Raymond Khoury is the New York Times bestselling author of The Last Templar, The Sanctuary, The Sign, The Templar Salvation, The Devil's Elixir, Rasputin's Shadow, and The End Game. His novels have been translated into more than forty languages and, in the case of The Last Templar, adapted into a comic book and an NBC television miniseries. An acclaimed screenwriter and producer for both television and film, he has also penned several scripts for BBC series such as Spooks and Waking the Dead.
The tenuous domestic tranquility enjoyed by FBI agent Sean Reilly (The Templar Salvation) and archaeologist-turned-author Tess Chaykin is jolted by a blast from Reilly's past. Fleeing a gruesome home invasion, former DEA agent Michelle Martinez calls Reilly, her ex-boyfriend, to protect her and Alex, the son he didn't know they shared. As Michelle's case unfolds into more than a thwarted burglary, the body count rises, and Reilly is suddenly embroiled in a multiagency investigation. Drug kingpin El Brujo (The Sorcerer) pursues Alex, believing him the means of decoding the formula of the most powerful psychotropic drug ever synthesized. Weaponized or distributed, this drug in El Brujo's hands would wreak global havoc. Khoury's screenwriting experience is evident in the easily visualized action scenes, but unlike his previous novels, the prose here lacks elegant phrasing between the punches. VERDICT This time, Khoury's soapbox topics include biker gangs, Mexican drug cartels, veterans' affairs, and the criminalization of drug use, but his key interests in this thriller are ethnobotany, proprietary rights, and the ethics of bioprospecting. For thriller fans, this exciting if sometimes dry lecture is still worth auditing. [See Prepub Alert, 3/21/11.]-Laura A.B. Cifelli, Ft. Myers-Lee Cty. P.L., FL (c) Copyright 2011. Library Journals LLC, a wholly owned subsidiary of Media Source, Inc. No redistribution permitted.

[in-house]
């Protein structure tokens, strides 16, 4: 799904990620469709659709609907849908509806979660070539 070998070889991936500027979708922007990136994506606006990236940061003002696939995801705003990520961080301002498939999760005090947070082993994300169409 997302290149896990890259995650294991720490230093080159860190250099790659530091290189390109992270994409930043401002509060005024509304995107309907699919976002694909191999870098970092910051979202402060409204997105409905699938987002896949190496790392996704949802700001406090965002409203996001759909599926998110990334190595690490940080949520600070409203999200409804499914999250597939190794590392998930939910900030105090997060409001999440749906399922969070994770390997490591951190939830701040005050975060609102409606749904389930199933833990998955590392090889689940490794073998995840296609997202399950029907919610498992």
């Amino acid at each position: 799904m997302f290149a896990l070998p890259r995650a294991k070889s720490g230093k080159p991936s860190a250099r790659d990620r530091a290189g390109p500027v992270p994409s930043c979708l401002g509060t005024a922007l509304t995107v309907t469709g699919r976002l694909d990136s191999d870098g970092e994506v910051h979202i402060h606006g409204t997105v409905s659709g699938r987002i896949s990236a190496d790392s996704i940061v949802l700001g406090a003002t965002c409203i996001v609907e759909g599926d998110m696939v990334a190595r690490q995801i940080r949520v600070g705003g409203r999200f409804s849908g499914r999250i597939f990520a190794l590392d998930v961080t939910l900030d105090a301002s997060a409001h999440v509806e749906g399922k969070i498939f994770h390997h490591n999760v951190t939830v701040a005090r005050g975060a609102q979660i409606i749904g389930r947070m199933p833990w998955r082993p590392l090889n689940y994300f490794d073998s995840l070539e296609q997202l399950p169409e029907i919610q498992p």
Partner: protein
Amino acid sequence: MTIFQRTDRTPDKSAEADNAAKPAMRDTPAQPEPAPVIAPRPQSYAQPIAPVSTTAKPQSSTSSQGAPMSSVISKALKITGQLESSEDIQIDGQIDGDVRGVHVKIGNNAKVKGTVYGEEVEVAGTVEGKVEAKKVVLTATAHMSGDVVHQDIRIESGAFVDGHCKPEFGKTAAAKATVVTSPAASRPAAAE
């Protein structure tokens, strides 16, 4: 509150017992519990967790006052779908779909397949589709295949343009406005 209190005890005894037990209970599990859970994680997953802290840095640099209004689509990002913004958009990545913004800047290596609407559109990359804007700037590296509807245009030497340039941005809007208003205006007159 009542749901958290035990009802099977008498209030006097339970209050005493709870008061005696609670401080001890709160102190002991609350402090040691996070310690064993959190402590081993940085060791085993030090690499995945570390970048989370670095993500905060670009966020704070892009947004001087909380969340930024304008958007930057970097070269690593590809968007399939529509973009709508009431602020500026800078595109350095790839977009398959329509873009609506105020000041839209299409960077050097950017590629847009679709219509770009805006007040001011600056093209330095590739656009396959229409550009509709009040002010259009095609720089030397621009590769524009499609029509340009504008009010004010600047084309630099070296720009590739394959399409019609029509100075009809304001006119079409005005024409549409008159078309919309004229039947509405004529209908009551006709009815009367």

An amazingly powerful drug provides the MacGuffin for Khoury's exciting thriller with a paranormal twist. Narco kingpin Raoul Navarro (aka El Brujo, the shaman), who for years has been ingesting a medicinal herb known in 18th-century Mexico as the Devil's Elixir, sees a huge market for the drug if the chemical can be synthesized into a convenient pill form ("It'll make meth seem as boring as aspirin"). FBI agent Sean Reilly is at home in Mamaroneck, N.Y., when he receives a panicked phone call from ex-girlfriend and former DEA agent Michelle Martinez, who says she's fled her San Diego home after armed men broke in and shot her boyfriend. Catching the next flight to California, Sean discovers a strange link between Michelle's four-year-old son and the Devil's Elixir. Khoury has to work hard to make the drug's earth-shattering ramifications believable, but fans of the author's bestselling Templar novels (The Templar Salvation, etc.) will play along. (Dec.) (c) Copyright PWxyz, LLC. All rights reserved.
Praise for The Devil's Elixir
"The author provides enough contextual backstory for new readers without risking vexing loyal fans. His ample cultural references are fresh, and most should withstand the test of time. History, mystery, suspense, and action-Khoury knows the recipe for a good read."-Library Journal
"A fine thriller to start the new year with. A sure bet for fans of Steve Berry and James Rollins, too."-Booklist